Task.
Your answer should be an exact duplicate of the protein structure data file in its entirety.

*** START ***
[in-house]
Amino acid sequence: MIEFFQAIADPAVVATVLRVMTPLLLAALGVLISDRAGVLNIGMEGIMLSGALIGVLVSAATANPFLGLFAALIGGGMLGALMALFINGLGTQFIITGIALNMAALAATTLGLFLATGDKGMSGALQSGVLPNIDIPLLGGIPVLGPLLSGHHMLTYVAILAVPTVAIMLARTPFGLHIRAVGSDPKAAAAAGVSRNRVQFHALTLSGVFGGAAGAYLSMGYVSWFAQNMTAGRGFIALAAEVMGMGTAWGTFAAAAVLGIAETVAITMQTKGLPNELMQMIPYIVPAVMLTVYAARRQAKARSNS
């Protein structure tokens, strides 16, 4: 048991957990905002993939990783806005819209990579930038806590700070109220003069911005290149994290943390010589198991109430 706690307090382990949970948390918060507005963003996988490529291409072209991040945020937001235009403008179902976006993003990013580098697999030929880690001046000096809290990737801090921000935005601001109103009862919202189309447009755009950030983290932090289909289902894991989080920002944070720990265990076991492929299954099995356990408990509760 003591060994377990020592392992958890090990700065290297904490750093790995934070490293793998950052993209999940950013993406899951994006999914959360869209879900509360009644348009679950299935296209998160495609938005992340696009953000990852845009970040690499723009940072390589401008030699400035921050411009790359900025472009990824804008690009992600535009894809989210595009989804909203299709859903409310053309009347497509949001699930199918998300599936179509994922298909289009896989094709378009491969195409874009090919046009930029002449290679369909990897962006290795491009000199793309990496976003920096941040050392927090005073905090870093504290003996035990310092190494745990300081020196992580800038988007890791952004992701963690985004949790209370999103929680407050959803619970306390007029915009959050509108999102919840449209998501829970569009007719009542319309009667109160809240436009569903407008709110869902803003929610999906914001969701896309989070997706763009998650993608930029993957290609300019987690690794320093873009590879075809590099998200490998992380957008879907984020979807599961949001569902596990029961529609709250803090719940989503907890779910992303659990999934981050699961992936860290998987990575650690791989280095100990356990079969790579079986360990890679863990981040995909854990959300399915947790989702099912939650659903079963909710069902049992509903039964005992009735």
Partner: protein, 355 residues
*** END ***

[in-house]
Amino acid sequence: MIEFFQAIADPAVVATVLRVMTPLLLAALGVLISDRAGVLNIGMEGIMLSGALIGVLVSAATANPFLGLFAALIGGGMLGALMALFINGLGTQFIITGIALNMAALAATTLGLFLATGDKGMSGALQSGVLPNIDIPLLGGIPVLGPLLSGHHMLTYVAILAVPTVAIMLARTPFGLHIRAVGSDPKAAAAAGVSRNRVQFHALTLSGVFGGAAGAYLSMGYVSWFAQNMTAGRGFIALAAEVMGMGTAWGTFAAAAVLGIAETVAITMQTKGLPNELMQMIPYIVPAVMLTVYAARRQAKARSNS
């Protein structure tokens, strides 16, 4: 048991957990905002993939990783806005819209990579930038806590700070109220003069911005290149994290943390010589198991109430 706690307090382990949970948390918060507005963003996988490529291409072209991040945020937001235009403008179902976006993003990013580098697999030929880690001046000096809290990737801090921000935005601001109103009862919202189309447009755009950030983290932090289909289902894991989080920002944070720990265990076991492929299954099995356990408990509760 003591060994377990020592392992958890090990700065290297904490750093790995934070490293793998950052993209999940950013993406899951994006999914959360869209879900509360009644348009679950299935296209998160495609938005992340696009953000990852845009970040690499723009940072390589401008030699400035921050411009790359900025472009990824804008690009992600535009894809989210595009989804909203299709859903409310053309009347497509949001699930199918998300599936179509994922298909289009896989094709378009491969195409874009090919046009930029002449290679369909990897962006290795491009000199793309990496976003920096941040050392927090005073905090870093504290003996035990310092190494745990300081020196992580800038988007890791952004992701963690985004949790209370999103929680407050959803619970306390007029915009959050509108999102919840449209998501829970569009007719009542319309009667109160809240436009569903407008709110869902803003929610999906914001969701896309989070997706763009998650993608930029993957290609300019987690690794320093873009590879075809590099998200490998992380957008879907984020979807599961949001569902596990029961529609709250803090719940989503907890779910992303659990999934981050699961992936860290998987990575650690791989280095100990356990079969790579079986360990890679863990981040995909854990959300399915947790989702099912939650659903079963909710069902049992509903039964005992009735």
Partner: protein, 355 residues